Tasty Morsels of Critical Care 063 | Respiratory Compliance

18 Jul

Welcome back to the tasty morsels of critical care podcast.

Today we’re not so much looking at a chapter of Oh’s manual but at the physiologic concept of respiratory compliance. I approach this with a degree of trepidation as the probability of screwing this up is infinitely higher than simply translating Oh’s manual into podcast form.

Compliance is relatively simply defined as change in volume per change in pressure. Put another way, for every 1 cmH20 pressure i apply with the ventilator I get 100mls of volume. The compliance in this scenario would be 100, ie 100 divided by 1 = 100. 100ml/cmH20 also happens to be normal compliance of the human lung.  You’ll sometimes see compliance written as delta volume divided by delta pressure.

There are a few different types of compliance described for the respiratory system.

  1. static compliance = compliance in the absence of flow. This consists of the compliance of the lung tissue and the chest wall and is the number we look at generally
  2. dynamic compliance = compliance in the presence of flow. This consists of chest wall and lung tissue compliance AND airway resistance (and will always be lower than static compliance)
  3. specific compliance = compliance normalised for lung volume (kind of like an indexed value so adults and kids can be compared)

Compliance will vary depending on distension of the lung with ideal compliance usually just above the FRC. When overdistended and about to pop, you can imagine that increases in pressure will only produce small changes in volume. The same is true when the lung is at very low, atelectactic volumes where the lung tissue is squished solid and large changes in pressure are needed to produce a change in volume. This is nicely represented in the graph from deranged physiology in the show notes that shows a nice sigmoid curve of lung volume plotted against airway pressure. The steep part of the curve represents the ideal compliance as you get the most “bang for your buck” in that small increases in pressure will result in substantial increases in volume.

We are very interested in lung compliance in the intensive care unit. We talk a lot about stiff lungs and spend a lot of our time and energies trying to optimise ventilation of those with poor compliance. So how do we measure or assess compliance?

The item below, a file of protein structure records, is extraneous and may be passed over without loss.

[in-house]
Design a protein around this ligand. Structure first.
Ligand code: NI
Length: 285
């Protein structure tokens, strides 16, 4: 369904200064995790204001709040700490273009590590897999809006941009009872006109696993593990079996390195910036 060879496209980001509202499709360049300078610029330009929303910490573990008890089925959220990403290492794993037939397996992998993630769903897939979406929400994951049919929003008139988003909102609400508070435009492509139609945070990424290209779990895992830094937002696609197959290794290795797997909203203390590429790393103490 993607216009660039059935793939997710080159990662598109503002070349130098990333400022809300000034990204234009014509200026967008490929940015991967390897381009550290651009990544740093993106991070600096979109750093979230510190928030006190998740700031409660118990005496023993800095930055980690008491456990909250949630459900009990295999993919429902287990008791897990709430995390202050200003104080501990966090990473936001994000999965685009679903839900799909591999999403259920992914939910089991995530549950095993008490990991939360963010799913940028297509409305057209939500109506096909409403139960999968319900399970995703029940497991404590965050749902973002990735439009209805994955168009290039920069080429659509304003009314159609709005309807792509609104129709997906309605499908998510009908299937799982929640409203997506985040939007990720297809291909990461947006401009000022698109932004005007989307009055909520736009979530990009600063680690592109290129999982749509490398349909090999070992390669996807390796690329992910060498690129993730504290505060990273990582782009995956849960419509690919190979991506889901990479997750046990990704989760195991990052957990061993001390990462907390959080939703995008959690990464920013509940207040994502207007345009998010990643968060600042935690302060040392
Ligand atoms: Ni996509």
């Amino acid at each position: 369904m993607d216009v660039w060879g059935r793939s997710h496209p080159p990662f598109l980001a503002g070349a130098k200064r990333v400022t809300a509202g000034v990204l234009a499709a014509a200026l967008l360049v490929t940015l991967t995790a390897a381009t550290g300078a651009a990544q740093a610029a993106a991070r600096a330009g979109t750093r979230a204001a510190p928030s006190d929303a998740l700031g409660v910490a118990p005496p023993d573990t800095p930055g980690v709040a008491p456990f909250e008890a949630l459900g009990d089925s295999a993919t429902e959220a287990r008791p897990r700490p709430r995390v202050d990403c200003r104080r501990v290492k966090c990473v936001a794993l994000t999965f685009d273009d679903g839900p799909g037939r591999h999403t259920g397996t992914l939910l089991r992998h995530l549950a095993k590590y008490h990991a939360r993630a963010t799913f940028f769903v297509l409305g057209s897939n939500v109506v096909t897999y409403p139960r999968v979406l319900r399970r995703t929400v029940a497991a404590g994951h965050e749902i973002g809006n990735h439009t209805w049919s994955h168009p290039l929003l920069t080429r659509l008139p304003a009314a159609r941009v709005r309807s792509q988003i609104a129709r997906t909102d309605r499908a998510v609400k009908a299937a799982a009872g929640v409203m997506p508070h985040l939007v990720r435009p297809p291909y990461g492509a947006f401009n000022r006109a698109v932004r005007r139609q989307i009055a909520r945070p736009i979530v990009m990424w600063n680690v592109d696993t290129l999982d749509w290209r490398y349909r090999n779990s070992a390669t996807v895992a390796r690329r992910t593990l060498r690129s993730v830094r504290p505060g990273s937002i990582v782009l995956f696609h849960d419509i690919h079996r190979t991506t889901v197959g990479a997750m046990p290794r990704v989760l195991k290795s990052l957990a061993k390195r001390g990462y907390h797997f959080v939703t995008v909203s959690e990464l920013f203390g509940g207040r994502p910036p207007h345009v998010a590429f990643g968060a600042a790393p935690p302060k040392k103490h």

This becomes a sort of reflex over time where you simply walk in the room and look at the vent and the driving pressure and the tidal volume produced and a synapse somewhere ignites and tells you  that 25cmH20 pressure to produce 250 mls of tidal volume is not good. If you do the basic calculation of delta volume divided by delta pressure, of 250/25 you get 10 which is indeed a very low compliance and of great concern. This is most of what you need to know for day to day practice.

However for examinations of brownie points you might wish to know more and understand many of the circumstances where that kind of heuristic might be wrong.

The gold standard is apparently something called the super syringe method which involves inflating the lung in 100ml increments with a 2-3 sec pause at each inflation. This measures static compliance and i mention it mainly cause it has a cool name.

In real life we measure compliance by fiddling with the inspiratory and expiratory hold buttons and looking at what the ventilator spits out. This is technically the compliance of the respiratory system rather than true static compliance but I remain somewhat in the dark as to the subtleties of the difference.

What you do with the number is a whole different question. Stiff lungs do worse. That’s hardly a surprise. Given that compliance is typically best just above the FRC we can titrate PEEP to idealised compliance. This is best explained on a critical care now post by Matt Siuba, linked in the show notes. The basics of this involve a passive patient in a volume control mode and the PEEP is dialled up and down with a fixed volume to see at which PEEP you get the best driving pressure (ie the lowest amount of pressure to produce the set volume).  This should place you on the steep part of that curve and just above the FRC.

There are actual a number of methods trying to attain the same thing and I don’t mean to imply that this is proven best but I have put a few links in the show notes for those looking more and will hopefully do a whole post on setting PEEP and recruitment at some point.


Deranged Physiology

Critical Care Now

Sahetya, S. K., Hager, D. N., Stephens, R. S., Needham, D. M. & Brower, R. G. PEEP Titration to Minimize Driving Pressure in Subjects With ARDS: A Prospective Physiological Study. Respiratory care 65, 583–589 (2020).



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